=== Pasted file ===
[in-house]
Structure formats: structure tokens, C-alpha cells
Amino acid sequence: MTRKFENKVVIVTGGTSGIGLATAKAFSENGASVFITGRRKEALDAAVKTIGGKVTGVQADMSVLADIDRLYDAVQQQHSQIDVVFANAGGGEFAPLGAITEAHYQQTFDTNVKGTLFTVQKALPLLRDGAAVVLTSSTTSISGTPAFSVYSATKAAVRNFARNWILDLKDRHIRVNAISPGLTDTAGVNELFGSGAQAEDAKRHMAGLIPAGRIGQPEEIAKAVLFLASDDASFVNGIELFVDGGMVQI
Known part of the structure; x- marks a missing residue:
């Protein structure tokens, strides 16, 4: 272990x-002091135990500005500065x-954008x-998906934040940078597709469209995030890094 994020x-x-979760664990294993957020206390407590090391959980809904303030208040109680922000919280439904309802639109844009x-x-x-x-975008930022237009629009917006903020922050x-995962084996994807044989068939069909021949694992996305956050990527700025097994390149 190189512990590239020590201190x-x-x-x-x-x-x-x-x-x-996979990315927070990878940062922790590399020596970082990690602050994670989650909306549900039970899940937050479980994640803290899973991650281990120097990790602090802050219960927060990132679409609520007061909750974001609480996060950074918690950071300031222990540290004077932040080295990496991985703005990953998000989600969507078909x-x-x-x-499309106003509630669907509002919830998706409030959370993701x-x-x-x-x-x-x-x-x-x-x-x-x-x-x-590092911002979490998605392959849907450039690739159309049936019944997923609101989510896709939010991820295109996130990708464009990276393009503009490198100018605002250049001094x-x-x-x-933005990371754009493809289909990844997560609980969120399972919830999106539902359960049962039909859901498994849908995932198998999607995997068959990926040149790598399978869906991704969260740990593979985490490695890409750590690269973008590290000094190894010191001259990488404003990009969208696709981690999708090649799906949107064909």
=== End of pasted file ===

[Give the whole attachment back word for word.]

[in-house]
Structure formats: structure tokens, C-alpha cells
Amino acid sequence: MTRKFENKVVIVTGGTSGIGLATAKAFSENGASVFITGRRKEALDAAVKTIGGKVTGVQADMSVLADIDRLYDAVQQQHSQIDVVFANAGGGEFAPLGAITEAHYQQTFDTNVKGTLFTVQKALPLLRDGAAVVLTSSTTSISGTPAFSVYSATKAAVRNFARNWILDLKDRHIRVNAISPGLTDTAGVNELFGSGAQAEDAKRHMAGLIPAGRIGQPEEIAKAVLFLASDDASFVNGIELFVDGGMVQI
Known part of the structure; x- marks a missing residue:
């Protein structure tokens, strides 16, 4: 272990x-002091135990500005500065x-954008x-998906934040940078597709469209995030890094 994020x-x-979760664990294993957020206390407590090391959980809904303030208040109680922000919280439904309802639109844009x-x-x-x-975008930022237009629009917006903020922050x-995962084996994807044989068939069909021949694992996305956050990527700025097994390149 190189512990590239020590201190x-x-x-x-x-x-x-x-x-x-996979990315927070990878940062922790590399020596970082990690602050994670989650909306549900039970899940937050479980994640803290899973991650281990120097990790602090802050219960927060990132679409609520007061909750974001609480996060950074918690950071300031222990540290004077932040080295990496991985703005990953998000989600969507078909x-x-x-x-499309106003509630669907509002919830998706409030959370993701x-x-x-x-x-x-x-x-x-x-x-x-x-x-x-590092911002979490998605392959849907450039690739159309049936019944997923609101989510896709939010991820295109996130990708464009990276393009503009490198100018605002250049001094x-x-x-x-933005990371754009493809289909990844997560609980969120399972919830999106539902359960049962039909859901498994849908995932198998999607995997068959990926040149790598399978869906991704969260740990593979985490490695890409750590690269973008590290000094190894010191001259990488404003990009969208696709981690999708090649799906949107064909």